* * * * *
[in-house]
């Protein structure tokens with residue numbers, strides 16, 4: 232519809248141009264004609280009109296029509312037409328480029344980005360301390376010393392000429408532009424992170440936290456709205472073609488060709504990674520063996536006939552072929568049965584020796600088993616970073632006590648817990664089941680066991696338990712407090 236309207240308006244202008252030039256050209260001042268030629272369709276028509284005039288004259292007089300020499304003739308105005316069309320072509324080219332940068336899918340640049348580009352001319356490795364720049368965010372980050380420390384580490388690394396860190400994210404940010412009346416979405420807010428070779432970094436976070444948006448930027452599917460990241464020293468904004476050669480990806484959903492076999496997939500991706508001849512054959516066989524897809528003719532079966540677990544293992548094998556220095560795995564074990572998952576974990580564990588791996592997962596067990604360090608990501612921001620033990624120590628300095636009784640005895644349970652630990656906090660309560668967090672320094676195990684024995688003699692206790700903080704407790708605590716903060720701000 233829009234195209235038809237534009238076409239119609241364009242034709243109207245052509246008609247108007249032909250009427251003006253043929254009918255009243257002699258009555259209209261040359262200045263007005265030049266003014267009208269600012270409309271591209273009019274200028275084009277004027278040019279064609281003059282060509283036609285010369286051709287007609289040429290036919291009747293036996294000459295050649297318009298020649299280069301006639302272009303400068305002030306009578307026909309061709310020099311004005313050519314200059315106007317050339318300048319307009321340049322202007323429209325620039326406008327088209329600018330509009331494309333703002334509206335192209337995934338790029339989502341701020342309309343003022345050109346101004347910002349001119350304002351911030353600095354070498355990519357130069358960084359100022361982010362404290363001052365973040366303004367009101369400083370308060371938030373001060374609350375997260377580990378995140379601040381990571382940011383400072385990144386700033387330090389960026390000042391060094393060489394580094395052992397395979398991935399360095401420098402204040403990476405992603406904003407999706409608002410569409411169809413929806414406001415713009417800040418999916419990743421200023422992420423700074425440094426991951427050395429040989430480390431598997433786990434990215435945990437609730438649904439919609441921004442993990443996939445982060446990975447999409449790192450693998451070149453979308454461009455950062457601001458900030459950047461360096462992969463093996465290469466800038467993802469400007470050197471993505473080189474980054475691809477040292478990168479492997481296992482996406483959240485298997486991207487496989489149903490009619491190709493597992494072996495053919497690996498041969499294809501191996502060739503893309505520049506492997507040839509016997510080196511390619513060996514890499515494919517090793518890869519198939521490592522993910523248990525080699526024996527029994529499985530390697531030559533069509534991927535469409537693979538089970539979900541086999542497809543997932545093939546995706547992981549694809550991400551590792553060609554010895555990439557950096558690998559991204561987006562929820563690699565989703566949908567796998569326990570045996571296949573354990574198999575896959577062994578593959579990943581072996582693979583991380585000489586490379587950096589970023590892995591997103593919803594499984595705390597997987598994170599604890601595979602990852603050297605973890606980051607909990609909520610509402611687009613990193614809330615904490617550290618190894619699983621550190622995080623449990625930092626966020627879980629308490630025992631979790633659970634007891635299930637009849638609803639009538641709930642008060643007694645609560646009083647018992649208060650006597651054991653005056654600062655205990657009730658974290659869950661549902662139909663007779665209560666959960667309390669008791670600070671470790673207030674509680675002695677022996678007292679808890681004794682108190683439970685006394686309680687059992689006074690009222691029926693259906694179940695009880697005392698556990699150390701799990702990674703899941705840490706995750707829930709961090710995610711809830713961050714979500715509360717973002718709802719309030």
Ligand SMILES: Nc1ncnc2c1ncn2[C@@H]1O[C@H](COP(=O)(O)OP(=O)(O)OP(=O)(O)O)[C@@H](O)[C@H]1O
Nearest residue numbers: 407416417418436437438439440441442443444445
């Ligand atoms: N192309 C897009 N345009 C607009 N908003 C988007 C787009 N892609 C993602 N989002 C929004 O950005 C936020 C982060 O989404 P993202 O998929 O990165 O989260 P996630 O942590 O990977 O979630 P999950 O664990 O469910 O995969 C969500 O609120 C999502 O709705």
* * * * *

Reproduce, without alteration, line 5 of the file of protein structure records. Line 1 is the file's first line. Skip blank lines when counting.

């Ligand atoms: N192309 C897009 N345009 C607009 N908003 C988007 C787009 N892609 C993602 N989002 C929004 O950005 C936020 C982060 O989404 P993202 O998929 O990165 O989260 P996630 O942590 O990977 O979630 P999950 O664990 O469910 O995969 C969500 O609120 C999502 O709705």